CARSON CITY, Nev. (AP) - State and county election officials are awaiting a Nevada Supreme Court decision on how the special election to fill a vacant U.S. House seat will be conducted - who can appear on the ballot and when the election will take place.
The high court heard oral arguments last week, and Secretary of State Ross Miller has said a decision is needed by Wednesday to meet the Sept. 13 election date set by Gov. Brian Sandoval.
Alan Glover, Carson City clerk-recorder, hopes the ruling comes sooner rather than later.
"We are all set for that date," he said Tuesday. "We work months in advance setting up an election.
"If they move that date, we've got really big problems," Glover said.
Nevada has never had a special election to fill a vacant House seat. After Sandoval appointed Republican Rep. Dean Heller to the Senate to replace John Ensign, Miller said the race for the 2nd Congressional seat would be an open contest.
But the Republican Party sued, arguing major party central committees should pick their nominee. A state district judge in Carson City sided with the GOP, rejecting Miller's call for a "ballot royale" open to anyone, without a filing fee, who otherwise qualifies.
Miller and the Democratic Party appealed to the Supreme Court, though the GOP and Democrats have since picked their preferred
candidates - former Republican state Sen. Mark Amodei and Democratic state Treasurer Kate Marshall - should the ballot field be limited.
Nevada's sprawling 2nd Congressional District encompasses a slice of Clark County in the south and spreads throughout the rest of the state. Republicans hold a huge voter registration advantage in the largely rural territory, and a crowded ballot could benefit Marshall and help Democrat's claim the seat for the first time since the district was created in 1982.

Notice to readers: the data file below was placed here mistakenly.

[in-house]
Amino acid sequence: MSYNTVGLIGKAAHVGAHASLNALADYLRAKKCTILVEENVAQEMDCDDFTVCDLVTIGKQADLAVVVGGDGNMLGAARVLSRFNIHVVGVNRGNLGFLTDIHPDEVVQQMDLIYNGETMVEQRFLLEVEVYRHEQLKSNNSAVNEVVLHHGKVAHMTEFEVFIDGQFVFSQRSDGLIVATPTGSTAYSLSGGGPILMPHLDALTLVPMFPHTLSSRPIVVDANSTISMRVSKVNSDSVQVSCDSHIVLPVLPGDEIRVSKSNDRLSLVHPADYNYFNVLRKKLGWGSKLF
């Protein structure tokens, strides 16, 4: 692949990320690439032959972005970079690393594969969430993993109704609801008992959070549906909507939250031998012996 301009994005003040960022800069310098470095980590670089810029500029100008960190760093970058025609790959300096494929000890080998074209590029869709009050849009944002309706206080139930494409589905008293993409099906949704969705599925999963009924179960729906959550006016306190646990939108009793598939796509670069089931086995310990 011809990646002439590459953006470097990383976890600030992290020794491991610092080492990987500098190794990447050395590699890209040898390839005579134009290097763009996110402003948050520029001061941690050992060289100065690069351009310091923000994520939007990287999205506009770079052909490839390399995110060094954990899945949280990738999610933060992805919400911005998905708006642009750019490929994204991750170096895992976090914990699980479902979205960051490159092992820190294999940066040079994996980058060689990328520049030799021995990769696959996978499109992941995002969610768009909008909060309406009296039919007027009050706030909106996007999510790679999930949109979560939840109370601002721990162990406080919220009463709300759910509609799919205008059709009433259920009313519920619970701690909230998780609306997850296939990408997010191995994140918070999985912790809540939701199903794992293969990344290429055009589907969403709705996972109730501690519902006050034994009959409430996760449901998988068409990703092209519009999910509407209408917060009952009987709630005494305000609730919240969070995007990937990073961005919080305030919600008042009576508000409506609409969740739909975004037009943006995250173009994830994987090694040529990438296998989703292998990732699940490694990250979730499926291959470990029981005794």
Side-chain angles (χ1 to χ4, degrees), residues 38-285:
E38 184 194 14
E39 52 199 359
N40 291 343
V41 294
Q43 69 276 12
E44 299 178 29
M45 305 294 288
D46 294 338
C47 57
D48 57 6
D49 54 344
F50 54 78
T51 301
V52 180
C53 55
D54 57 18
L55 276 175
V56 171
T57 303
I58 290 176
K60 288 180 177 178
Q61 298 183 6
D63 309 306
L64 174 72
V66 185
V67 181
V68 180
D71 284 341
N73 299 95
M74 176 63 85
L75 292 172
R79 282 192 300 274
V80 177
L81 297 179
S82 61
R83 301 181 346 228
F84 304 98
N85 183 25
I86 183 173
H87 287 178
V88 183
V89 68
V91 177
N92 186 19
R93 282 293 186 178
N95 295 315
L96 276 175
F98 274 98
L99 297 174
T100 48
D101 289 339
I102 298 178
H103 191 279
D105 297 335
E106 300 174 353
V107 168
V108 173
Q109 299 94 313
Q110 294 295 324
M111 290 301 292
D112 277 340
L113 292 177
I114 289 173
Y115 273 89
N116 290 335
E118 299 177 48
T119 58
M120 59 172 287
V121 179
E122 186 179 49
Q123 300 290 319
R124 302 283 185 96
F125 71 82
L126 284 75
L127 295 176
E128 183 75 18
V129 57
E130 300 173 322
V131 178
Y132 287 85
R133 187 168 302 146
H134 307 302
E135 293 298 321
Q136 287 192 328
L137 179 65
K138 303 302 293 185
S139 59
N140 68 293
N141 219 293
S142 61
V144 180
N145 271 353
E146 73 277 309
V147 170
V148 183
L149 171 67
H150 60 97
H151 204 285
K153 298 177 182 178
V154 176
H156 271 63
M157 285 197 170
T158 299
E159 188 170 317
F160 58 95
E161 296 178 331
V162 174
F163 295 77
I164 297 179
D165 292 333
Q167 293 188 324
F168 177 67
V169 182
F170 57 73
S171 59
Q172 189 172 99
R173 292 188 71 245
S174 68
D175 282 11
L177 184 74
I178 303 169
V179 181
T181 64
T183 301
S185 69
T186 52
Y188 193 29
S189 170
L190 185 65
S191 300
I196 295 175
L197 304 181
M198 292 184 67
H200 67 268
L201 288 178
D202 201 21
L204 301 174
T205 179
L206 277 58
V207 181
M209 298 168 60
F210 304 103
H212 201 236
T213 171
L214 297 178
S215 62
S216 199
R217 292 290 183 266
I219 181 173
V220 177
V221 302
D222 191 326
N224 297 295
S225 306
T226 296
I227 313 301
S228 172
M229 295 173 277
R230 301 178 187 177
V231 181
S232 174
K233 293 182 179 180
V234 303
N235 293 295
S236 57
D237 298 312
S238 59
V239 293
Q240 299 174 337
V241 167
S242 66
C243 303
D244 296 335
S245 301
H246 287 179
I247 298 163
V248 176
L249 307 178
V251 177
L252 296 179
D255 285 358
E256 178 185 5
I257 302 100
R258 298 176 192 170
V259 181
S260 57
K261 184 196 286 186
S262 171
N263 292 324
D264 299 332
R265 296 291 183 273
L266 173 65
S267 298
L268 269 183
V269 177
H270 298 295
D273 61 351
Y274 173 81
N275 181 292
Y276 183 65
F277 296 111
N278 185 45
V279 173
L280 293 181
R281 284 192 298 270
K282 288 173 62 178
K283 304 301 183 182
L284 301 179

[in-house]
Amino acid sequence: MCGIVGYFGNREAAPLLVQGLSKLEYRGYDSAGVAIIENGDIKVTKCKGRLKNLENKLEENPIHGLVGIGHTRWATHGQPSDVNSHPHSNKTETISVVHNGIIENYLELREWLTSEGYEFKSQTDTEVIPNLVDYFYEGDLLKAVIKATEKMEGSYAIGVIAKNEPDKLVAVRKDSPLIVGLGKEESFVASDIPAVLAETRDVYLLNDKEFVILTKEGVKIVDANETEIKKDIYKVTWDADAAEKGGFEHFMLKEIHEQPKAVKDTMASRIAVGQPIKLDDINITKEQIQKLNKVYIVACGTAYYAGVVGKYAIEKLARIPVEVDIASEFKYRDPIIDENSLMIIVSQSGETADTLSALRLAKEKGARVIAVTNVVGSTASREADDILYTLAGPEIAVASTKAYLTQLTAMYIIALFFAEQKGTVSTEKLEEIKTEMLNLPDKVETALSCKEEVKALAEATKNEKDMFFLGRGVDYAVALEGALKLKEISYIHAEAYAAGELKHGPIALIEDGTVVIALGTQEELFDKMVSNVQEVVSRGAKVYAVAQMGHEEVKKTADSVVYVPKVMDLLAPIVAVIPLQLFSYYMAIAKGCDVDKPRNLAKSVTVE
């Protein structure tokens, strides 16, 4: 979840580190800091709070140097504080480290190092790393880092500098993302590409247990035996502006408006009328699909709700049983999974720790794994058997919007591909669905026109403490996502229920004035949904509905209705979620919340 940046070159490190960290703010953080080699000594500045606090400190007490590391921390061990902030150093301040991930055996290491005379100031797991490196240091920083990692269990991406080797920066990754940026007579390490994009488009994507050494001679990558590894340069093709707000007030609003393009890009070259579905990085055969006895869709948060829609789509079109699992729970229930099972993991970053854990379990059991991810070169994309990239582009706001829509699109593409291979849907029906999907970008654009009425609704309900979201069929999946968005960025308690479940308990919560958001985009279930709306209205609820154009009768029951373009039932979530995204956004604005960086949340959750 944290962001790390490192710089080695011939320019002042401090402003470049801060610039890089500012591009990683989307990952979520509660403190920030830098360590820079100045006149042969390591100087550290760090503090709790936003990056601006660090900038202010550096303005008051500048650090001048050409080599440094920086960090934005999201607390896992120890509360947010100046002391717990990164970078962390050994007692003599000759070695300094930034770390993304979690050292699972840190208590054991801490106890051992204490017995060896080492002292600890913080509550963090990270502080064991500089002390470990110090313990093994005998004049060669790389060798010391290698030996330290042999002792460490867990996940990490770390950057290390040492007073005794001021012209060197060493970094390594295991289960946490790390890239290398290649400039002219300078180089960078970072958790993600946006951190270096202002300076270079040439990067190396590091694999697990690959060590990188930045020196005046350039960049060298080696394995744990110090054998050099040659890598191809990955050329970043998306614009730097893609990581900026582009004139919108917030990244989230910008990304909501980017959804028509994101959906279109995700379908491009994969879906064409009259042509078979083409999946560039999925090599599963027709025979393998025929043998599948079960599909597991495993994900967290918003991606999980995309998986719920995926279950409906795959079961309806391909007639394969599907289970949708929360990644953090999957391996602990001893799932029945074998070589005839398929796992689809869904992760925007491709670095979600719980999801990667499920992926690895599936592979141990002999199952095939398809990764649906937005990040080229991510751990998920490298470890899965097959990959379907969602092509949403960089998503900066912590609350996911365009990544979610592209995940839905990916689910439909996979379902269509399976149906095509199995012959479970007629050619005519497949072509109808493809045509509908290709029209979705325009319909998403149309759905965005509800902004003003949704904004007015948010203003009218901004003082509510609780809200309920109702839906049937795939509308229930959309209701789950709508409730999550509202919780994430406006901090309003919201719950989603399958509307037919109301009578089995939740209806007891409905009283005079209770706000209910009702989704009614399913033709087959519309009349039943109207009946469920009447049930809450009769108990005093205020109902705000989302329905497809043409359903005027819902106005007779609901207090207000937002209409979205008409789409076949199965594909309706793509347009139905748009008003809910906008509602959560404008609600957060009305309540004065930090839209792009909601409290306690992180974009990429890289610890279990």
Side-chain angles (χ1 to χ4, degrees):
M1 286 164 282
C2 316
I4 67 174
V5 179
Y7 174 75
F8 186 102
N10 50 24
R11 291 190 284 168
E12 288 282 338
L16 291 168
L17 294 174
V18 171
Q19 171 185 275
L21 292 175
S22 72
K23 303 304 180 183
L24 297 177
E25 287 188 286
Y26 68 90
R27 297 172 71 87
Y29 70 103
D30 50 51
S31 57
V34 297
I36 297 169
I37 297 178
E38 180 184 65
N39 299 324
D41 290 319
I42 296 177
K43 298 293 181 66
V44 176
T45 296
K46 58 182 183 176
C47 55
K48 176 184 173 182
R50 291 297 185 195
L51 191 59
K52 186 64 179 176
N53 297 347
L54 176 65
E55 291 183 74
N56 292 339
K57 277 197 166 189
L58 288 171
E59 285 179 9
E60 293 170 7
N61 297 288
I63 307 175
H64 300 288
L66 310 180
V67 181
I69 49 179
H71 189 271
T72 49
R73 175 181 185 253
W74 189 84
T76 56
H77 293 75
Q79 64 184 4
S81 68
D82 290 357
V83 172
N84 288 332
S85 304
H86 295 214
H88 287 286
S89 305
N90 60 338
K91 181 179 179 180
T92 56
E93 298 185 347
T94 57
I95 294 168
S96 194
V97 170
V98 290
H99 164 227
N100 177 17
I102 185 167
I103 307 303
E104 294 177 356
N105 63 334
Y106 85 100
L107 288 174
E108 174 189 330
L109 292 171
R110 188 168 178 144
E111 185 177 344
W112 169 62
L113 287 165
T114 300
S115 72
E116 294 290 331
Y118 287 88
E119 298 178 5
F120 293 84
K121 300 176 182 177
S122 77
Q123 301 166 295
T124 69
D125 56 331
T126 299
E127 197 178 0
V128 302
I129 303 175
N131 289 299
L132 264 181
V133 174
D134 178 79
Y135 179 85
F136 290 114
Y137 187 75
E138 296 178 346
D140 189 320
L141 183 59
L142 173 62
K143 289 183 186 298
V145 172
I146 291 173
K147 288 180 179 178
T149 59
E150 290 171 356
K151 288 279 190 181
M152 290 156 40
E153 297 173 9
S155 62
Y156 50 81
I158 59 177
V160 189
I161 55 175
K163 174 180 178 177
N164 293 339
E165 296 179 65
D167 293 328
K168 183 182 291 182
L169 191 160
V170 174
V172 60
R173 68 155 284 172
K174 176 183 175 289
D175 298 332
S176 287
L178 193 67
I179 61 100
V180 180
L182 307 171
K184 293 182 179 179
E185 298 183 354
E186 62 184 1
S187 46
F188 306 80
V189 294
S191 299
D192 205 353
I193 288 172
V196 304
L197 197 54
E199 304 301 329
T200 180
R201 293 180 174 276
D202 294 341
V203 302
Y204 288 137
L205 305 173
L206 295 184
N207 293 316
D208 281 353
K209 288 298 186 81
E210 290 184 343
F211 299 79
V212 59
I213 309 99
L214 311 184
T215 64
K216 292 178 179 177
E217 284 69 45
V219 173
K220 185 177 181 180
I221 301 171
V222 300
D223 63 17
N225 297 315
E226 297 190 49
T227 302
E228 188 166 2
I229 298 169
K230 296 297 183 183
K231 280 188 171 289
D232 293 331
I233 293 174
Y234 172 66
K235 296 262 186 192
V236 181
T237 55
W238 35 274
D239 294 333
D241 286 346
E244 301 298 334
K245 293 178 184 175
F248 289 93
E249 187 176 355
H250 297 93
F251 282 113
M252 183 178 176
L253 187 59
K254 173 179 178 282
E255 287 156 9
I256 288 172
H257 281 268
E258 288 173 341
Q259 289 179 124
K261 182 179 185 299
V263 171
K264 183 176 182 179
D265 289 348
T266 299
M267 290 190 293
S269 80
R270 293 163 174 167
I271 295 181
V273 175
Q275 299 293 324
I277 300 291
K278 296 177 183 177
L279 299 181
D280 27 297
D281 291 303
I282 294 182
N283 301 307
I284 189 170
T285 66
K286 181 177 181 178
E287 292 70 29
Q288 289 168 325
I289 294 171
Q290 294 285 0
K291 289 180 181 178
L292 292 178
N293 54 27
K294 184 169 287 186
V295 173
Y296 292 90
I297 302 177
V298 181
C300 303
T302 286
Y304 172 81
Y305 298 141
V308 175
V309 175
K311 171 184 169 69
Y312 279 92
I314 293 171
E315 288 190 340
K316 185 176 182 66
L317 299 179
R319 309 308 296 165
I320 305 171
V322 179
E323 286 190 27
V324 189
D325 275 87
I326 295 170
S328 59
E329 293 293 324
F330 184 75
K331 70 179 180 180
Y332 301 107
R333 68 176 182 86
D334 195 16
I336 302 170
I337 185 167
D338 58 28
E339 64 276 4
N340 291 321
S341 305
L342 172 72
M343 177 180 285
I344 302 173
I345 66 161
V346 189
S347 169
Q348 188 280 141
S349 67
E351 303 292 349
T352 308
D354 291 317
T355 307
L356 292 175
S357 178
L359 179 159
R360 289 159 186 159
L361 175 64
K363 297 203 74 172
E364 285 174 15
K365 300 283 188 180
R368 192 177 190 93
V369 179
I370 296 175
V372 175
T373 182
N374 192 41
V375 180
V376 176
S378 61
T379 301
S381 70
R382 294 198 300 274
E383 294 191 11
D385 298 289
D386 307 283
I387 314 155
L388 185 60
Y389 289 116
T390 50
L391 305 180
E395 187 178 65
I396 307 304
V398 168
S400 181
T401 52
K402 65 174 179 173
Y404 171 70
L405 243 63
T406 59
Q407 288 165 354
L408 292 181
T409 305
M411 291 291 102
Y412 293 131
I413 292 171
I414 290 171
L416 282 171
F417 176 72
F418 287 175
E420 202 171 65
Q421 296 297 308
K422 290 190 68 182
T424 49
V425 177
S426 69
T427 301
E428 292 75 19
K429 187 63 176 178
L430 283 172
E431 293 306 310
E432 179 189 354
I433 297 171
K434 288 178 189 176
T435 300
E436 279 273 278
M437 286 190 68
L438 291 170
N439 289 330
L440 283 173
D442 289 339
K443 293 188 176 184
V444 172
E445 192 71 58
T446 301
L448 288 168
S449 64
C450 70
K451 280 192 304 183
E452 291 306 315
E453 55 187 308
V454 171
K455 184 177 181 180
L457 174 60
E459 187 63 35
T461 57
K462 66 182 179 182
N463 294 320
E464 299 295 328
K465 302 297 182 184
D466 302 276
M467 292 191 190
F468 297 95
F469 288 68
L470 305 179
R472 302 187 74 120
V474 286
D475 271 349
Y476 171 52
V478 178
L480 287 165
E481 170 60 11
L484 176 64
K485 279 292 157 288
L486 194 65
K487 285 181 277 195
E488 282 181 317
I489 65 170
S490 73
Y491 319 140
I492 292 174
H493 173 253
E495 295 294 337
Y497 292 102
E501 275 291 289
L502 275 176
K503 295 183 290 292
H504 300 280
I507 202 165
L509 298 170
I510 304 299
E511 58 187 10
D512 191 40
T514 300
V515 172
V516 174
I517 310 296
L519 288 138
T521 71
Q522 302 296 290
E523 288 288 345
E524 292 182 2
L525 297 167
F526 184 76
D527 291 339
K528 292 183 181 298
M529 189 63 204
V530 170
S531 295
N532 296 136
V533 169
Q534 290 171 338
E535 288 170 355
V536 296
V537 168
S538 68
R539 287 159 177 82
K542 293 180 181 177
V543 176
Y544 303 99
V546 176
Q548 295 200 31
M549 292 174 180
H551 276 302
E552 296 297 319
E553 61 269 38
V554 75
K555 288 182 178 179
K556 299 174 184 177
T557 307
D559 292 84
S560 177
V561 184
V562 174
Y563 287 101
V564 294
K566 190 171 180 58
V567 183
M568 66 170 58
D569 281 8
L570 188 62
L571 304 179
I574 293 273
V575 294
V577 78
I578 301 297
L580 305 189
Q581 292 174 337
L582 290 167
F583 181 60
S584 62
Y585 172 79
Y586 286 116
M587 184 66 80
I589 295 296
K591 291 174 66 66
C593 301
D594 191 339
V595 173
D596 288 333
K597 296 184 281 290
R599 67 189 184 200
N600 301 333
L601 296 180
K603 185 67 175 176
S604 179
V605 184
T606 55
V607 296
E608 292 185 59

As of the June 30 deadline, 30 candidates filed for the seat. There are 15 Republicans, nine Democrats, four independents and one each from the Independent American and Libertarian parties. Most are political unknowns with little or no name recognition or experience. On the Republican side, retired Navy Cmdr. Kirk Lippold, who was skipper of the USS Cole when it was attacked by terrorists in Yemen in 2001, could pose the biggest challenge to Amodei.
In earlier legal briefs, justices asked both sides whether the court could move the special election back.
Because under state statute the special election must be held on a Tuesday within 180 days, Miller said the latest it could be conducted is Nov. 1. He also said he believed the court had authority to move the date, even though the statute says the date is set by the governor.
In their reply, attorneys for the GOP said they don't oppose delaying the election, but questioned whether the Supreme Court had authority to change the date.
"Doing so could further jeopardize an already questioned process," they wrote, urging the court to "proceed with the case without rescheduling the election."
Miller also had asked counties to assess the costs of conducting mail only balloting.
Washoe County in northern Nevada, which is home to about 55 percent of voters within the 2nd Congressional District, said a mail only ballot would cost about $4,000 more than a traditional election because the county would be responsible for paying first-class return postage.
Clark County estimated mail balloting would add about $30,000 to its cost.
For Carson City, Glover said the cost of a mail-only election versus staffed polling locations is a wash.
"But if they were to change the date, then the mail-in becomes a lot more attractive option," he said.
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